Friday, 27 March 2015

Hytner's National - a brief retrospective

A little Twittery bird has pointed out that today is Nicholas Hytner's last day at the National Theatre. Although I didn't really start regularly attending the National until 2008, five years into his tenure, I've nonetheless seen a fairly respectable 111 unique National Theatre productions in seven different spaces in the NT complex (and a few outside), and have spent an absolutely incalculable number of hours besides in that lovely great concrete block. I've seen trends come and go - remember how great the Lyttelton was in 2010? And how tippety-top the Cottesloe was in its dying days? - and I've experienced a FULL range of emotions in that building, for better and for worse.

People with more knowledge and eloquence than I have will be producing proper articles about the great things that have been achieved since Hytner took the reins in 2003 so I'm not even going to try. What I have done instead is quickly bash together my top ten NT productions from the Hytner regime. And my bottom five, because I'm a massive proponent of the idea that our theatres should have the freedom to fail. It's always better to be able to take risks that sometimes go horribly wrong than to trundle along respectably but unremarkably, and it's worth celebrating that even if I'm doing so by producing a short list of tedium and rage. The fact I have some productions to actually rank as bottom rather than just "nothing special but okay" is one of the many things I love about the National Theatre.

- productions need to have originated during the Hytner years.
- productions don't need to have been seen by me at the NT as long as they came from there.
- productions don't need to have been directed by Hytner, just being programmed is fine.
- productions are listed in chronological order to save the trauma of having to rank them, though I do have a definite favourite.
- productions should have originated at the NT rather than being imported from elsewhere, though I have let one of those onto the list anyway. We can pretend it stands symbolically for all the wonderful shows that have come into the building via other theatres.

The Top Ten

Caroline, Or Change (Lyttelton, 6th December 2006)
My very first trip to the National, and the only import I've allowed onto the top ten. It's impossible to ignore the incredible combination of Tony Kushner and Jeanine Tesori, and Tonya Pinkins gave what is still one of the most spine-tinglingly brilliant musical theatre performances I've ever had the privilege to see. It gets away with being on the list despite being an import because of all the wonderful British supporting cast, which included Clive Rowe, Anna Francolini, and future dame Pippa Bennett-Warner.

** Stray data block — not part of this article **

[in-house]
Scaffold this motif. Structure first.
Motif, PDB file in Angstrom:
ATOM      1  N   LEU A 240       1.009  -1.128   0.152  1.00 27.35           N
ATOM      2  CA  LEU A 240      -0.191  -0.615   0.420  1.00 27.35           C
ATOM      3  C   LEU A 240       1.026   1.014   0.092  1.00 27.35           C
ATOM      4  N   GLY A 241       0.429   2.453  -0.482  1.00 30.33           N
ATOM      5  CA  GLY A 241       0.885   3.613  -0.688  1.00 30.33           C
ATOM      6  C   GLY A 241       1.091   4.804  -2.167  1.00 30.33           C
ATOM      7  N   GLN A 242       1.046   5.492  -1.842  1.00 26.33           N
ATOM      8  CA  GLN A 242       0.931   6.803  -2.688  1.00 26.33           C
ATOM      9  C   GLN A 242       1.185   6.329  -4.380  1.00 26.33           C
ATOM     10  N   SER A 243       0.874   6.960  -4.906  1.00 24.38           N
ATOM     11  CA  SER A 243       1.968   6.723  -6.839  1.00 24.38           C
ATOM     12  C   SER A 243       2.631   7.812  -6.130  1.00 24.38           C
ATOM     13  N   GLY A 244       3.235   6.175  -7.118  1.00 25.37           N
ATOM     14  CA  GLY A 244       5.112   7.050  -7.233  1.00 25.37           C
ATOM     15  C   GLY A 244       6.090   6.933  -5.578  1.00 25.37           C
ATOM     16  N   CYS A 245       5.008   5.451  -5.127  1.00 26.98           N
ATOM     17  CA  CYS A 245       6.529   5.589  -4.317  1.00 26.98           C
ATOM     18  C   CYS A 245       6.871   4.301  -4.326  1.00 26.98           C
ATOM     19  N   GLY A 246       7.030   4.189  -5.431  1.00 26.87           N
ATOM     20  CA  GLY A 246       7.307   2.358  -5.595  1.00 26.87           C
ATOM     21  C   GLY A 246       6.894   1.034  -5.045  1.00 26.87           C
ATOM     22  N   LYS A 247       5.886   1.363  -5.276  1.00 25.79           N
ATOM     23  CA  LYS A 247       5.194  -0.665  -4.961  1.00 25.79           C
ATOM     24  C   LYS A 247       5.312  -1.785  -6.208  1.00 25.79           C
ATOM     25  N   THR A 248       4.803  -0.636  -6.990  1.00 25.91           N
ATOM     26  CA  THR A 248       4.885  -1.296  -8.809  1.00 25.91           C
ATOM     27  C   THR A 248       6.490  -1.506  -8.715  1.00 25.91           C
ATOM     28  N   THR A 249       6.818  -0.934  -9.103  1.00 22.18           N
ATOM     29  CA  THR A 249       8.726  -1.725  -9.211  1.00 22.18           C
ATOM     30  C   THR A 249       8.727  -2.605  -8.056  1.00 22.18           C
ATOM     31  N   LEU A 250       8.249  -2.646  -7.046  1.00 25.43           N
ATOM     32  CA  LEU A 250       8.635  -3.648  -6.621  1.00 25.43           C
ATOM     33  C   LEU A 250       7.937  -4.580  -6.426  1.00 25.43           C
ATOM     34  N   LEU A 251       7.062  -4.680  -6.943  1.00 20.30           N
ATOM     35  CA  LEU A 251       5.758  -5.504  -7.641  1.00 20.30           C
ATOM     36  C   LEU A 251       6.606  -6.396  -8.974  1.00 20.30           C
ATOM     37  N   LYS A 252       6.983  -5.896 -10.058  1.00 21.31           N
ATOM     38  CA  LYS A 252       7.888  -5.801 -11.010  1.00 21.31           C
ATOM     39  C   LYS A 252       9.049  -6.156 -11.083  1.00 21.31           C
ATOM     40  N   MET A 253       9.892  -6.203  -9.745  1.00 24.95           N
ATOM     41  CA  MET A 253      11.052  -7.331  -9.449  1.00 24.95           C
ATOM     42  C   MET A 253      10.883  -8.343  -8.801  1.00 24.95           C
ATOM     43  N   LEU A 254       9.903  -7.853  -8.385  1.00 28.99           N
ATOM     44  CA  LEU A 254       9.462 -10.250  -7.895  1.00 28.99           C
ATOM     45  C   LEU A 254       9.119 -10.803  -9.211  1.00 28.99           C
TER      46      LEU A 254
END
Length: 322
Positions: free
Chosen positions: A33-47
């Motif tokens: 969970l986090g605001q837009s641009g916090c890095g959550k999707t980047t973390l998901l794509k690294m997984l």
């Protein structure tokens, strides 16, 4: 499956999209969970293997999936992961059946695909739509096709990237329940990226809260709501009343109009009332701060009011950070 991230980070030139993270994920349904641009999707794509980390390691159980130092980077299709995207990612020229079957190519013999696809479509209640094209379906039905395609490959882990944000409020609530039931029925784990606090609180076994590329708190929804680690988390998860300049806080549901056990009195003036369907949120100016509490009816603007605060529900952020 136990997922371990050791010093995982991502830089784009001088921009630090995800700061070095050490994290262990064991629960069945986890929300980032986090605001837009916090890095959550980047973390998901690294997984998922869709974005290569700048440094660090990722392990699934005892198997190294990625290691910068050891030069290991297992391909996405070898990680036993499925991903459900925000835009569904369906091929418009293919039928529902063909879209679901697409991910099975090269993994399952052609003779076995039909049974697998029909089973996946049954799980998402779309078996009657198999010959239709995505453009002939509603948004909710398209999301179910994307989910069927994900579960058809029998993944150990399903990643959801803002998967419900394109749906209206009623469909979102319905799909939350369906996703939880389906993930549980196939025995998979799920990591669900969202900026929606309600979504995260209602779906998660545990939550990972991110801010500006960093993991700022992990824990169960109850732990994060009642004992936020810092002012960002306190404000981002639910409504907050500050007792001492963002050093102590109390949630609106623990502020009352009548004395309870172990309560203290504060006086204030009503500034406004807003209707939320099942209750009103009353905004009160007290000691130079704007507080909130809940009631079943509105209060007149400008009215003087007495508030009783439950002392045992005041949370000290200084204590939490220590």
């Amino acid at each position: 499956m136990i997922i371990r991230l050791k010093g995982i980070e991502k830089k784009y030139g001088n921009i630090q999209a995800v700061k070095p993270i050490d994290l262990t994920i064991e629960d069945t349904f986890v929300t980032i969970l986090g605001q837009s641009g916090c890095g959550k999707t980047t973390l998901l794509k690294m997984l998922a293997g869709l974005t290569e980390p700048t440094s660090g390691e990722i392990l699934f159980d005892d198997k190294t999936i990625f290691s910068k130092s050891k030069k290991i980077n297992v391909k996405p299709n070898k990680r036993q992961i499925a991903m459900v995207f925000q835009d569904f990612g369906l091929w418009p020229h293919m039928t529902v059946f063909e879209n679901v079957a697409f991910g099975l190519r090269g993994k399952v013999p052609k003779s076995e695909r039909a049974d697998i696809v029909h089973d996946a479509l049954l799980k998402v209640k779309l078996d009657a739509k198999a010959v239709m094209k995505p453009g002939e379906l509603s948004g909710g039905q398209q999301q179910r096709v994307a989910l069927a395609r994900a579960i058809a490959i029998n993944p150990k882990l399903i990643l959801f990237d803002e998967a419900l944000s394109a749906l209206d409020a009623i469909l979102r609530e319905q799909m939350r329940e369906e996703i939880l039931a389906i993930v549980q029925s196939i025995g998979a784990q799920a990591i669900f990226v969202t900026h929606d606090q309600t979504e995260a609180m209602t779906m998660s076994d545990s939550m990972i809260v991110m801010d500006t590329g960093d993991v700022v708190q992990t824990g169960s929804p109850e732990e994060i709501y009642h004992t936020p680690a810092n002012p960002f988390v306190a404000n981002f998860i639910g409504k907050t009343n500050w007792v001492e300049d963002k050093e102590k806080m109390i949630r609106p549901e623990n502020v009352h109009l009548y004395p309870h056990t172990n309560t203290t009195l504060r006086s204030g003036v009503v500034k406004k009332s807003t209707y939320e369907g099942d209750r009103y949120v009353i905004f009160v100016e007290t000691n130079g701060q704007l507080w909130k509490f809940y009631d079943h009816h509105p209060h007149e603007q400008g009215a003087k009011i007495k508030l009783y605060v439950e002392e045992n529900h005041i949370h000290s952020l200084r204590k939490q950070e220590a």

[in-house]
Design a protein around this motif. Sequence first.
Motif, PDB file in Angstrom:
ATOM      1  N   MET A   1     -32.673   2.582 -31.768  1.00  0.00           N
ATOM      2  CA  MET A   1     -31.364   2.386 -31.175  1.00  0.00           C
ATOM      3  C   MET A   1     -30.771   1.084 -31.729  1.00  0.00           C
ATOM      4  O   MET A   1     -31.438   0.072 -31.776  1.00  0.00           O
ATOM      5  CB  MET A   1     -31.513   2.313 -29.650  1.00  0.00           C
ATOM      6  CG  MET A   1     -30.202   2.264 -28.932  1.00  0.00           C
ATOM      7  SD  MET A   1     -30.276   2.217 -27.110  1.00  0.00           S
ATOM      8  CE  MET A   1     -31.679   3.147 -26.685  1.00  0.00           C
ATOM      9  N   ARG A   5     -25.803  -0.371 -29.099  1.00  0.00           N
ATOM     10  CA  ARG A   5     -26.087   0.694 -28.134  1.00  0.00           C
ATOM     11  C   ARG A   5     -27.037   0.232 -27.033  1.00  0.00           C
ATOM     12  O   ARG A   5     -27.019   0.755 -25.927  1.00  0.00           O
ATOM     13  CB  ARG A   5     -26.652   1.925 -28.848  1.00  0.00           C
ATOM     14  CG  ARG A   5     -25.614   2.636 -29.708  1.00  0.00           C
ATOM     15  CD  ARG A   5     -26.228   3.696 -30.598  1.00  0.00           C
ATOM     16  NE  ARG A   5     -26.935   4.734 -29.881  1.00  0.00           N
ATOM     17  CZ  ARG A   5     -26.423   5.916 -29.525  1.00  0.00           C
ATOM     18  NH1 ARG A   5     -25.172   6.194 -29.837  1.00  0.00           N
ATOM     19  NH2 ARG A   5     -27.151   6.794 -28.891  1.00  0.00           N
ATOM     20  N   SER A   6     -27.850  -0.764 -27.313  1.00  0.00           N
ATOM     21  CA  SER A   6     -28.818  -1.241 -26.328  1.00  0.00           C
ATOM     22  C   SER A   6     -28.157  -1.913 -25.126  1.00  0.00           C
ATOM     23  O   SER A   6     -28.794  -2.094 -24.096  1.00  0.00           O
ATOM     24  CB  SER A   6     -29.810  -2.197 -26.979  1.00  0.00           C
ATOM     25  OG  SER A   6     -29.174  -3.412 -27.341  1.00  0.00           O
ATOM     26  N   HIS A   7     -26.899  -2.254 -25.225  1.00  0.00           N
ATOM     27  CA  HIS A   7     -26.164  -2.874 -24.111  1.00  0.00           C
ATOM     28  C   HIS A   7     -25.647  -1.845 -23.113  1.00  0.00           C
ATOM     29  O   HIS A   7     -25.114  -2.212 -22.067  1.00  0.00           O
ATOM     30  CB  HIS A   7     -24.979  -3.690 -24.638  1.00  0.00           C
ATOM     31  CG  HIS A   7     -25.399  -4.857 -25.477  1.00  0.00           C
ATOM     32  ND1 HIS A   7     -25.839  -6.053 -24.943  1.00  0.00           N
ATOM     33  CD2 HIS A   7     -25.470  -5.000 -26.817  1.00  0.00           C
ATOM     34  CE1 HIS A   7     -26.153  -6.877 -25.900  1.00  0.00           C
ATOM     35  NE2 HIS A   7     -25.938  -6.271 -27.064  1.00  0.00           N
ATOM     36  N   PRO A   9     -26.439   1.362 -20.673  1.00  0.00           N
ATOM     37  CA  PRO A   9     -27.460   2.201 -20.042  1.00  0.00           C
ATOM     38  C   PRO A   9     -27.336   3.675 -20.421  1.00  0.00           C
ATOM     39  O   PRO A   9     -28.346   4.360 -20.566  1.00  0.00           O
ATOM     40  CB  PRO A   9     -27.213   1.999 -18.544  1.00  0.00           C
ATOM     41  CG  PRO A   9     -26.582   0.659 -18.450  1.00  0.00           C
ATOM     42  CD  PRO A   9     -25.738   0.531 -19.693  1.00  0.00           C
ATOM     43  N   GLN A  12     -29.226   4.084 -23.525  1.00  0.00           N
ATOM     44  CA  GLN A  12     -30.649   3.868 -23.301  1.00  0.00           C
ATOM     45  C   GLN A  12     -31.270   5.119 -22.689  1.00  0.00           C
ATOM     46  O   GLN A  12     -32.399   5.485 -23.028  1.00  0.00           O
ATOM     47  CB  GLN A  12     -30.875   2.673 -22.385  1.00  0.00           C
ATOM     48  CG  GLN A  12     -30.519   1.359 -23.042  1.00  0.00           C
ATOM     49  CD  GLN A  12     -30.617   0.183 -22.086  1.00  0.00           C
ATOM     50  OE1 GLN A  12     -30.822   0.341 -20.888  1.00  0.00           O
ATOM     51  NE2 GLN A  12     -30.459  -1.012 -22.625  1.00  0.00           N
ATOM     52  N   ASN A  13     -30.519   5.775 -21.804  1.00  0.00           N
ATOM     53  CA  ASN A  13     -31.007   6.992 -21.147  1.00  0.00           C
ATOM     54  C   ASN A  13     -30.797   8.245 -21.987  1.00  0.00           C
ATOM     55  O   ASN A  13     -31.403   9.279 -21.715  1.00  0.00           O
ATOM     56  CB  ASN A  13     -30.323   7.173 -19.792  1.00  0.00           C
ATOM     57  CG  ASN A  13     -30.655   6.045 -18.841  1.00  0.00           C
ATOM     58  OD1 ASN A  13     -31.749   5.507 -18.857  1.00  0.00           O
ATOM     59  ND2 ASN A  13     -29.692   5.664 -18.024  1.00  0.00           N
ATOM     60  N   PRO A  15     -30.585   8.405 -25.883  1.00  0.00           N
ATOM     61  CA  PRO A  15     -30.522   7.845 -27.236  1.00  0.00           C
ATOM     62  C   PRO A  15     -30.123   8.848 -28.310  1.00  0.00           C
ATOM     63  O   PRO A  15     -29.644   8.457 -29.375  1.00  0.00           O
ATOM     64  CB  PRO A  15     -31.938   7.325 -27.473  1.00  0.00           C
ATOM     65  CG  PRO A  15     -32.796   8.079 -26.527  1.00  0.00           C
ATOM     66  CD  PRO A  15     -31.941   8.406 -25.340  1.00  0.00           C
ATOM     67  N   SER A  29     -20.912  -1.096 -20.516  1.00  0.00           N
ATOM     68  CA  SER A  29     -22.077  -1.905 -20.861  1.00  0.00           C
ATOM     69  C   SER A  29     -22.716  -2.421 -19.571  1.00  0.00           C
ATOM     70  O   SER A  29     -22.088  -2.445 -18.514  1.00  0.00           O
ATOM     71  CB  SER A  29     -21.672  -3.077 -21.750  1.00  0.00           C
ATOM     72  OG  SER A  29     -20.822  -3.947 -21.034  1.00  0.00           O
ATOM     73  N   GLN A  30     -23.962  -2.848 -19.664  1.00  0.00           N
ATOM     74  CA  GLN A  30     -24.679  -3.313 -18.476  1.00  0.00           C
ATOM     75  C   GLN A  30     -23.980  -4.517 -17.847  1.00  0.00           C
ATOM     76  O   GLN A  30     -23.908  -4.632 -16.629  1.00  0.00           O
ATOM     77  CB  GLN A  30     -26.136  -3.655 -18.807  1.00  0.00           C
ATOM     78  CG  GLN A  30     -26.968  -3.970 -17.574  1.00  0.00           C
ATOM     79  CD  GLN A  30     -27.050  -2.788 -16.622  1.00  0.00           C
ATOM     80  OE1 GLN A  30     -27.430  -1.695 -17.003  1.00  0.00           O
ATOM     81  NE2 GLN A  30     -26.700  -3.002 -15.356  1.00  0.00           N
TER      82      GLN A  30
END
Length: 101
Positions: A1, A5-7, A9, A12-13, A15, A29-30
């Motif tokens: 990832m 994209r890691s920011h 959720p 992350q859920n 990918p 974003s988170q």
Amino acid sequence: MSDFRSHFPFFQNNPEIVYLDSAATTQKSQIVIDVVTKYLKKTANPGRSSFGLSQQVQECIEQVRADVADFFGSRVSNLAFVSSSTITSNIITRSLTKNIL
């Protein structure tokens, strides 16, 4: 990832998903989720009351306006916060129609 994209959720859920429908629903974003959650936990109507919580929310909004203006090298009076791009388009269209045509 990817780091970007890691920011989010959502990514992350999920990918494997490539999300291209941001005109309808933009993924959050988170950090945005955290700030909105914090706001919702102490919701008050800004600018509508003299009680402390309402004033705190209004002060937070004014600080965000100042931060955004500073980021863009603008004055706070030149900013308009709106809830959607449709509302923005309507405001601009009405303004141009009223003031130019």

Much Ado About Nothing (Olivier, 22nd January 2008)
My very second trip to the National, my very first Much Ado, and it was Simon Russell Beale and Zoë Wanamaker. I am EXTREMELY lucky I came to Shakespeare when I did so as not to have missed out on wonderful productions such as this.

War Horse (Olivier, 24th January 2008)
Aaand my very third trip to the National! (It'll get shaken up in a minute, promise.) It's been said before but it bears repeating that in this current puppet-friendly theatrical landscape, it's very easy to forget what a terrific gamble War Horse was when it first appeared. No one's ever going to defend the script, but what a tremendous display of all the different aspects of theatre coming together to make one unforgettable whole.

The White Guard (Lyttelton, 7th April 2010)
You know, I'm not even going to talk about it. If you saw it, you'll know why. If you didn't see it, it's unfair to keep rubbing it in (even though "rubbing it in that people didn't see The White Guard" is something that's been happening on and off for nearly five years now).

After The Dance (Lyttelton, 27th June 2010)
I'm not sure I need to talk about this one either. An early triumph in the recent Rattigan revival, and the last time it was easy to get a ticket for something starring Benedict Cumberbatch. To his credit, he was excellent in this, but so was everyone, especially future dame Nancy Carroll, Adrian Scarborough (both of whom rightly won the Oliviers for their performances), and new (at the time) favourite John Heffernan. (For anyone who's not sure, this here is my absolute number one NT production EVER.)